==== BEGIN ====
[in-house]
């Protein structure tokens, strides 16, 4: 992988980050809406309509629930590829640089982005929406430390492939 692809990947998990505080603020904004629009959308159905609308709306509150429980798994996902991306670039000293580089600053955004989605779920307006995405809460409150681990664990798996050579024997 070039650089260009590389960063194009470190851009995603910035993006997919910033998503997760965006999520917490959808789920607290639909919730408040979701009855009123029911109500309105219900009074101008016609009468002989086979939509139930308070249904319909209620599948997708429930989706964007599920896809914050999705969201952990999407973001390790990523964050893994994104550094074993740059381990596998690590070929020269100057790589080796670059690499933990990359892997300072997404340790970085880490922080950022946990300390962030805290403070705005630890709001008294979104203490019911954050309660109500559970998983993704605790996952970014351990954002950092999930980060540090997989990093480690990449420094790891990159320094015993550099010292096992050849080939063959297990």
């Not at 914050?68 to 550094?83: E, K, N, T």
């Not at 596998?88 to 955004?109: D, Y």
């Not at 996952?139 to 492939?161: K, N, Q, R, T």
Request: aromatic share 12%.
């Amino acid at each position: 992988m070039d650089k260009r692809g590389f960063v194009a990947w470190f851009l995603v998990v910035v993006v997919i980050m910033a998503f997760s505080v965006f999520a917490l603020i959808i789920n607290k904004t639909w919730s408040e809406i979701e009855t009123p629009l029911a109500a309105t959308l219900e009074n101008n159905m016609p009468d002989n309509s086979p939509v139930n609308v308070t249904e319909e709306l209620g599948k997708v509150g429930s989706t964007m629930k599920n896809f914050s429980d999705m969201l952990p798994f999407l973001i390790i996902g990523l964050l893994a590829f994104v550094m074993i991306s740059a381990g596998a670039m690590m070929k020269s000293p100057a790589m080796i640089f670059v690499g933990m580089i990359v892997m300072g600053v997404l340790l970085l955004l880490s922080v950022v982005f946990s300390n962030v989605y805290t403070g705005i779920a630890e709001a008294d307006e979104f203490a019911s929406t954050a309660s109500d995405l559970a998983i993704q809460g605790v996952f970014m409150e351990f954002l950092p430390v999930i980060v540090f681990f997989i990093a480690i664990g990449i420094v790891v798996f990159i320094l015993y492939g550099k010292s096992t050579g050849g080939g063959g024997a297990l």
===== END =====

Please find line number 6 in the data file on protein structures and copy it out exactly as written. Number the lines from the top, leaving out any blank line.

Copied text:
Request: aromatic share 12%.